A study by researchers at Carleton University in Ottawa show that first impressions count in website design. They showed that people form opinions about the look of your website in 1/20th of a second. The aesthetic of your design is thus an important factor in the success of your website and online business.
Given the importance of site design I wanted to spend a few posts talking about some aspects of web design and what makes for a good design. I’ll begin today with some general comments and move into more specific details over the next few posts.
By no means will the aesthetic of your site be the only factor in your site’s success of lack of success. It is one factor among many, but given the increasing competition for the internet dollar it only makes sense to have as much of a competitive advantage as you can.
The importance on aesthetics doesn’t mean to have a good site design you need to overdue it with the imagery or add fancy flash animation. In fact I’ll argue that other than for a few specific industries both will probably do more harm than good. What I think is important however is to ensure your site has a ‘professional’ look.
Professional vs. Amateur Web Design
A ‘professional’ design I don’t necessarily mean you need to pay a professional to design your site though as a web designer I do think it’s a good idea. Professional designers (the good ones anyway) have been trained or have trained themselves be able control very subtle parts of a design that will often have a rather large impact.
We’ve all seen examples of amateur designs that make you wonder who thought showing the site to the public was a good idea. These sites are often cluttered to the point that you can’t distinguish one element of the page from another. Some use colors in a way that causes pain to your eyes, or seem so jumbled that none of the elements on the page belong together.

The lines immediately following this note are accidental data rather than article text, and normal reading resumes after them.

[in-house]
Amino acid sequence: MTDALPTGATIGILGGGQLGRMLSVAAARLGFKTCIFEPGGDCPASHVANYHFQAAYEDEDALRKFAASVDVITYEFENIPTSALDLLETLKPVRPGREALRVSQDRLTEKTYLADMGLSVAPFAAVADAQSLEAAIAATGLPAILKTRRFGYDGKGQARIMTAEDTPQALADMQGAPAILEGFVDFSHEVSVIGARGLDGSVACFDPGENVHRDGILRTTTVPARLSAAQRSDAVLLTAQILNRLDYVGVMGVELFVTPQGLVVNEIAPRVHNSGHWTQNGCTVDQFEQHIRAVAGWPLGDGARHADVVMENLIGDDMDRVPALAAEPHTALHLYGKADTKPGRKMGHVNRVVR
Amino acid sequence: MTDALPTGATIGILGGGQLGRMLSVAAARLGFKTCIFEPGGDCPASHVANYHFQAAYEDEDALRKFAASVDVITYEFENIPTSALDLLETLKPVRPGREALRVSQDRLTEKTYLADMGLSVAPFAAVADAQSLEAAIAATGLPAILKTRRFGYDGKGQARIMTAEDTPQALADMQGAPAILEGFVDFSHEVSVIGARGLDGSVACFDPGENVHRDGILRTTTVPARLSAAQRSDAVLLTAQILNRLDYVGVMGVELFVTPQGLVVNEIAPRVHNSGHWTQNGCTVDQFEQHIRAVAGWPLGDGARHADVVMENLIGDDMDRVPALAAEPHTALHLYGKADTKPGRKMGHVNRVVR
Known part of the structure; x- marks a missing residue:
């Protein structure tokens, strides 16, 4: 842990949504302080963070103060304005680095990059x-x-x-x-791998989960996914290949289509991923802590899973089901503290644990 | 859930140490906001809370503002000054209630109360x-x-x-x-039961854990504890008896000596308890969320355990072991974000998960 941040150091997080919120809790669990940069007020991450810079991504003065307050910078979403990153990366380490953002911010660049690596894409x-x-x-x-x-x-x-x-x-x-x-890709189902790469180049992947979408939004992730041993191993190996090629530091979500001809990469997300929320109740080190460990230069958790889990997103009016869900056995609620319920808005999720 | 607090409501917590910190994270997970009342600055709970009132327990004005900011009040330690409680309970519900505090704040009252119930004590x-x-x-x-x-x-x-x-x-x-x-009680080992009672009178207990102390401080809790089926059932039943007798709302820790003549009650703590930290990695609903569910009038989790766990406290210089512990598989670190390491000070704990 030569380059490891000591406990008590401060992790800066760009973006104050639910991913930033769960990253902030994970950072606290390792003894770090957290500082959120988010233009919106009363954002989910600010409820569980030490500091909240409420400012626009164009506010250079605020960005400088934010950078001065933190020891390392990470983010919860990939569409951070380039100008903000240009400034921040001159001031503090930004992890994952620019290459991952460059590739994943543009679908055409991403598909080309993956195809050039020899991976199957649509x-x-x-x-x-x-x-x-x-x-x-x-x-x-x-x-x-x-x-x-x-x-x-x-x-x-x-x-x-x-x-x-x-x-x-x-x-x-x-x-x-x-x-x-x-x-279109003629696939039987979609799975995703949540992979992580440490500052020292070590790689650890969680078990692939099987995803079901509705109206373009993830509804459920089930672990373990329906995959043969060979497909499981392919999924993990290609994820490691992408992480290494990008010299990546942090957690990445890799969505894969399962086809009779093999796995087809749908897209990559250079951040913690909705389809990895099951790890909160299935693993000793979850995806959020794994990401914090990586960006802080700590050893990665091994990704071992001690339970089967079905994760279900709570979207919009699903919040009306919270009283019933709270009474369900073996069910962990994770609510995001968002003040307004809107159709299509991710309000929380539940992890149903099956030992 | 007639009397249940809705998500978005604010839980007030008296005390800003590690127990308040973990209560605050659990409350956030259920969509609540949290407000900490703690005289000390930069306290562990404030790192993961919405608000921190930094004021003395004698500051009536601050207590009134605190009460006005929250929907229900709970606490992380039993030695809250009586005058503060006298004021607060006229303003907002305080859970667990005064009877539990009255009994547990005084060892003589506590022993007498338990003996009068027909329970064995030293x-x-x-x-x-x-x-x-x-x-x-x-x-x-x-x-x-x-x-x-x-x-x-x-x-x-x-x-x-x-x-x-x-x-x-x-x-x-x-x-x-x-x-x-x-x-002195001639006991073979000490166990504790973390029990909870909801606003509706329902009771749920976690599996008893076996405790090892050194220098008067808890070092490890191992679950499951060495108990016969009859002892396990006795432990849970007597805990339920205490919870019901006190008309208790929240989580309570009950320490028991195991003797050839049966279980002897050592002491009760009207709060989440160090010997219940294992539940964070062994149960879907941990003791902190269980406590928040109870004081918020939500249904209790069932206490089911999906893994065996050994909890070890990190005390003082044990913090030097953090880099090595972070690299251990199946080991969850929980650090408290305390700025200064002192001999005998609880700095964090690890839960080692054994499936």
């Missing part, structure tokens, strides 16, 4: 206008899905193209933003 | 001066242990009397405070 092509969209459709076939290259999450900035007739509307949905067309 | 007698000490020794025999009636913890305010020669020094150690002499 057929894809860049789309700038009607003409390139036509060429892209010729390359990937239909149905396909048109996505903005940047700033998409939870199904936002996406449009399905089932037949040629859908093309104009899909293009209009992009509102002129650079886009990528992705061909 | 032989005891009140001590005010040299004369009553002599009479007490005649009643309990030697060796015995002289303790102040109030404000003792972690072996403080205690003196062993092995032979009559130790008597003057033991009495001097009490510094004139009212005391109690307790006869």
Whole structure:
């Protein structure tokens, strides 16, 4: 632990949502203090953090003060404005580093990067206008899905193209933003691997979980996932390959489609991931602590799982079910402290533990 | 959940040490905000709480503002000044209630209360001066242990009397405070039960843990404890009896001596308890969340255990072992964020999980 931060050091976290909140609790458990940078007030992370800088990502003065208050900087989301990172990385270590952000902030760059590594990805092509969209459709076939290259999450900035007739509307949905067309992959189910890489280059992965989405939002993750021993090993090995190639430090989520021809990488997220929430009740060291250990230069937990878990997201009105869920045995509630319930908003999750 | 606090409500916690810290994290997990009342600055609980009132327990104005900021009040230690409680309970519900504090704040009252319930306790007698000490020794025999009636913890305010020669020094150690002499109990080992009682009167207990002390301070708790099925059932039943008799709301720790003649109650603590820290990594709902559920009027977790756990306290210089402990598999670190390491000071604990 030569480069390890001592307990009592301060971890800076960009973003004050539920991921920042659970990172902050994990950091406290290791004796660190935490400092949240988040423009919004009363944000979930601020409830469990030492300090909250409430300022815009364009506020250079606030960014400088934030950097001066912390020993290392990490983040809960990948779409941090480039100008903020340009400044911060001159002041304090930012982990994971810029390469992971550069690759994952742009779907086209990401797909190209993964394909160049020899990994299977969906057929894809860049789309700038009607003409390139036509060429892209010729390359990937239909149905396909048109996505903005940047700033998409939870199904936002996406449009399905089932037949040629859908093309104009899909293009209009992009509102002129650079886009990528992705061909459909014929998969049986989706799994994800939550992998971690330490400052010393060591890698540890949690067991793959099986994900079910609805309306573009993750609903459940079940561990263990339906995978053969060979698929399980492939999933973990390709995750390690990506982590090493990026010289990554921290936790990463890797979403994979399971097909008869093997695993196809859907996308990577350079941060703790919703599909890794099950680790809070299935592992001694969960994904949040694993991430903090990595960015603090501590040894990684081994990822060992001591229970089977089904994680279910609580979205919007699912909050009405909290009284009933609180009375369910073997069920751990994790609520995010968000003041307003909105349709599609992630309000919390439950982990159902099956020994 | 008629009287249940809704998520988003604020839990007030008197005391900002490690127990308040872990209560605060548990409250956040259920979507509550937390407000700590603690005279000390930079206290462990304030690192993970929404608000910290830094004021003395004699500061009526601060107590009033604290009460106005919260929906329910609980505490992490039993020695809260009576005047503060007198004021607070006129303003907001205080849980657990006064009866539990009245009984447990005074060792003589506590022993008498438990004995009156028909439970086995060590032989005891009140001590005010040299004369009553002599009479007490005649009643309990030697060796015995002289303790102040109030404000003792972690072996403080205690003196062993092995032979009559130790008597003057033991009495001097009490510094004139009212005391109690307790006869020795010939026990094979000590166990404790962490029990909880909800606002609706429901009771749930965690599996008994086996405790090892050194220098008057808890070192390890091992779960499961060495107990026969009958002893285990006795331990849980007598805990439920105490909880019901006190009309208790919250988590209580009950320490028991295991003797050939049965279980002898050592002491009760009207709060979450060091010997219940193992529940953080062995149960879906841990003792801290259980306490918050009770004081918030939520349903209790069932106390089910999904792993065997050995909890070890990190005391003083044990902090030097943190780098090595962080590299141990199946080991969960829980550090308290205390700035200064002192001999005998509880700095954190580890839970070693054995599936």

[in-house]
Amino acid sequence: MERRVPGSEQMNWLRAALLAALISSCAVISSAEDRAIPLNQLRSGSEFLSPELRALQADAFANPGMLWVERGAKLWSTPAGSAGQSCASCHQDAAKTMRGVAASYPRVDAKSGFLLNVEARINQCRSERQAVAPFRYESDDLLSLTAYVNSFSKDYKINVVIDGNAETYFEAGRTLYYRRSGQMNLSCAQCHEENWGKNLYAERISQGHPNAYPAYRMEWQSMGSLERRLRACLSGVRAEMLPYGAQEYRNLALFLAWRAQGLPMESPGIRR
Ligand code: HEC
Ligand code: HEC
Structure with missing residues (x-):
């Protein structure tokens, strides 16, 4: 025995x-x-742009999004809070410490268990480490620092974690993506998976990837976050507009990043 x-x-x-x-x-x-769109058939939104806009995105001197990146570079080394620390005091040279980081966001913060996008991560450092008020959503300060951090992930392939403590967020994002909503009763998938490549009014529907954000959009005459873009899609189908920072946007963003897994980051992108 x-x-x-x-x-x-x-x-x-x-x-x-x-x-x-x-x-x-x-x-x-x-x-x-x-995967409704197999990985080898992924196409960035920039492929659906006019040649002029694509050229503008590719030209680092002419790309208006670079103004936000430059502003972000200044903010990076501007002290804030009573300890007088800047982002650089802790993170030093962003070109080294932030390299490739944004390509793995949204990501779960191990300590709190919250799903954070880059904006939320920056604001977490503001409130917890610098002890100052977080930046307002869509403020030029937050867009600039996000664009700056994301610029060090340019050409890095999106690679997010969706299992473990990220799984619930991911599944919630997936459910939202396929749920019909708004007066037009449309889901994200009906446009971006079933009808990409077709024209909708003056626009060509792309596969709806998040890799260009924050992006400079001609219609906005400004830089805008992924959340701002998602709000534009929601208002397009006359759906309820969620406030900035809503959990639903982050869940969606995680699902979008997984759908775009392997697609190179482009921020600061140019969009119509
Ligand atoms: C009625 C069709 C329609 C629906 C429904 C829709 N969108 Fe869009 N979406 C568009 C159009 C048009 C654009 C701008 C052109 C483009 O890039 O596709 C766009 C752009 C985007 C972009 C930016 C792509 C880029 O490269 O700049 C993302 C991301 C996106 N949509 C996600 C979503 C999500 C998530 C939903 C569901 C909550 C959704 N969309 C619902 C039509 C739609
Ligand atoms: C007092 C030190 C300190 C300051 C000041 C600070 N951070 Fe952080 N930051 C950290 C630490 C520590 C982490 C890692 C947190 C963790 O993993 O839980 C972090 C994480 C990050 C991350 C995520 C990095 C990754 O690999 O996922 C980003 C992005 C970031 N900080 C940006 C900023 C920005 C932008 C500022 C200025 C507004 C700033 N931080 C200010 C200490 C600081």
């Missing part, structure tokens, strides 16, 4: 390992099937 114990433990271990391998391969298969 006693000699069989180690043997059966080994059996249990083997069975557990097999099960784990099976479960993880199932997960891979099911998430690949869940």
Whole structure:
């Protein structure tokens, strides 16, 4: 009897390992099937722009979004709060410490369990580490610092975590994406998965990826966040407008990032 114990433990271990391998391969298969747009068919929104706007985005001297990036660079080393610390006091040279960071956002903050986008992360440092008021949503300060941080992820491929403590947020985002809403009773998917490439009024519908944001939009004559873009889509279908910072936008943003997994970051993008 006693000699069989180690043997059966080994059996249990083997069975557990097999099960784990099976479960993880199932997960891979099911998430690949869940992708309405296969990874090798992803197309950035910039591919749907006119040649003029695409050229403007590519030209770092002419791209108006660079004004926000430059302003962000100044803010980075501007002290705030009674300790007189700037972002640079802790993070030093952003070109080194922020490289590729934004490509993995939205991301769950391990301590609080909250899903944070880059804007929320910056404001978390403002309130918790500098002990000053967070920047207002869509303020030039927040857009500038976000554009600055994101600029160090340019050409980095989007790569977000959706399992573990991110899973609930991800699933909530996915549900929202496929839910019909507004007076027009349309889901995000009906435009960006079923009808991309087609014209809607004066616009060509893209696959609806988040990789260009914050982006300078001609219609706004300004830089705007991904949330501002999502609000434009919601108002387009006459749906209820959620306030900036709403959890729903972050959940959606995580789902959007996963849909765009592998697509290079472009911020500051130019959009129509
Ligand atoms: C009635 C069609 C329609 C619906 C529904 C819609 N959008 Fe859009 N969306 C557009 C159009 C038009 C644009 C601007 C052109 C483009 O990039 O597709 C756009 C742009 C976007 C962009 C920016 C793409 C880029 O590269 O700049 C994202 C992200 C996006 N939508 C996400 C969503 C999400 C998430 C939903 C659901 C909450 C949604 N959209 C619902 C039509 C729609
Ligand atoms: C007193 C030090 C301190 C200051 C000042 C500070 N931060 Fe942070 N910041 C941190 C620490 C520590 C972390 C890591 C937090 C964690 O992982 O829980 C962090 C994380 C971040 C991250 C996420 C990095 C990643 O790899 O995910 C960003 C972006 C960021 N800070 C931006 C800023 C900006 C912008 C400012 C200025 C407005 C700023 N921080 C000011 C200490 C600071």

For me a dead giveaway that a site was done by an amateur is when all of the text on the site centered. For whatever reason when most people first set of to design a site they think that having everything centered is the way to go. I’ll admit the first site or two I ever designed had a lot of centered text. Fortunately for me they were all done in a web design class and most of my classmates were doing the same thing.
My article Designing with C.R.A.P. (the title makes more sense after you’ve read the article I promise) discusses some basic and simple design principals can go a long way toward creating a more professional website design.
For me the best designs are those that keep out of your way and don’t draw attention to the design itself. Some of the best designs are those you’ll never notice because the design has allowed you to move right into the process of interacting with the site, finding what you want as quickly as possible and moving on to the rest of your life.
The point I started with and have hopefully maintained throughout is that design is very important in the success of a website. Again it’s not the only factor and there are many successful sites suffering from poor design. And while the cost of hiring a web professional to design your website might seem prohibitive at first it’s not nearly as great a cost as not having a quality design. Most of those poorly designed yet successful site spent a lot more to get that success than what it would have cost to get a good design.
Download a free sample from my book, Design Fundamentals.
Good post Steve. I gotta admit, I’m guilty of more than just a few of the offenses you mentioned. I too started with a lot of centered text, but it doesn’t take long before you realize that sometings just not right ;P
Off to read C.R.A.P. next!
I think first impression is the last impression
You might be right, but I think people do get second chances.
I think your first impression is a very strong one and it’s possible you may not get to leave another impression, but your first impression is your most impression only until you’ve made your second impression.
I wrote a post about first impressions and last impressions in relation to your brand a few months back.
I too am guilty of centering text. For me it’s a symmetry thing. It drives me insane when the page is not balanced, and sometimes centering the text is all that is needed to even out a design.
Unfortunately my furniture is also arranged in the same fashion.
It’s not that centered text is automatically a bad thing. It communicates certain messages and if those messages fit with what you’re trying to say it makes sense. Wedding invitations for example are often centered and symmetrical balanced.
Wanting to center everything seems common in new designers, but often there are better ways to deal with text. Symmetry has its place, but so does asymmetry.
“For me the best designs are those that keep out of your way and don’t draw attention to the design itself.”
This is one of the best advice that Ive read till now.
I am new in web design,still learning. Your posts are great.Thank you.
Thanks Carousel. I’m glad you liked the post.